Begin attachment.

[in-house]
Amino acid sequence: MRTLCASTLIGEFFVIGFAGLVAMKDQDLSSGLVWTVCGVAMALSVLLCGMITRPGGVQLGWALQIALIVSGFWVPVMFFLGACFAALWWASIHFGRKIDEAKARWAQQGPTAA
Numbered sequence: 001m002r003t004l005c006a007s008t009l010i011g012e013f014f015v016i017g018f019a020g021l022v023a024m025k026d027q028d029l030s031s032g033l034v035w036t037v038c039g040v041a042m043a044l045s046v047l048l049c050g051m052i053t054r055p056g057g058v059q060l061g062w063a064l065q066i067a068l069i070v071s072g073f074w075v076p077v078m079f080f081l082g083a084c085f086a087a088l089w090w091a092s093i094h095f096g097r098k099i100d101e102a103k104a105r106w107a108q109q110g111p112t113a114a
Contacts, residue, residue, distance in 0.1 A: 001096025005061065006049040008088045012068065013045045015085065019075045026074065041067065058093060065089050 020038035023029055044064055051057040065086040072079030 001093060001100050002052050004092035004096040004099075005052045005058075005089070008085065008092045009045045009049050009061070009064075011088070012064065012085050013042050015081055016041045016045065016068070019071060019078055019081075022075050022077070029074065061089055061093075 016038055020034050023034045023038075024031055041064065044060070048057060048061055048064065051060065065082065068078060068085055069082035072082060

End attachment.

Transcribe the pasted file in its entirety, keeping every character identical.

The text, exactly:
[in-house]
Amino acid sequence: MRTLCASTLIGEFFVIGFAGLVAMKDQDLSSGLVWTVCGVAMALSVLLCGMITRPGGVQLGWALQIALIVSGFWVPVMFFLGACFAALWWASIHFGRKIDEAKARWAQQGPTAA
Numbered sequence: 001m002r003t004l005c006a007s008t009l010i011g012e013f014f015v016i017g018f019a020g021l022v023a024m025k026d027q028d029l030s031s032g033l034v035w036t037v038c039g040v041a042m043a044l045s046v047l048l049c050g051m052i053t054r055p056g057g058v059q060l061g062w063a064l065q066i067a068l069i070v071s072g073f074w075v076p077v078m079f080f081l082g083a084c085f086a087a088l089w090w091a092s093i094h095f096g097r098k099i100d101e102a103k104a105r106w107a108q109q110g111p112t113a114a
Contacts, residue, residue, distance in 0.1 A: 001096025005061065006049040008088045012068065013045045015085065019075045026074065041067065058093060065089050 020038035023029055044064055051057040065086040072079030 001093060001100050002052050004092035004096040004099075005052045005058075005089070008085065008092045009045045009049050009061070009064075011088070012064065012085050013042050015081055016041045016045065016068070019071060019078055019081075022075050022077070029074065061089055061093075 016038055020034050023034045023038075024031055041064065044060070048057060048061055048064065051060065065082065068078060068085055069082035072082060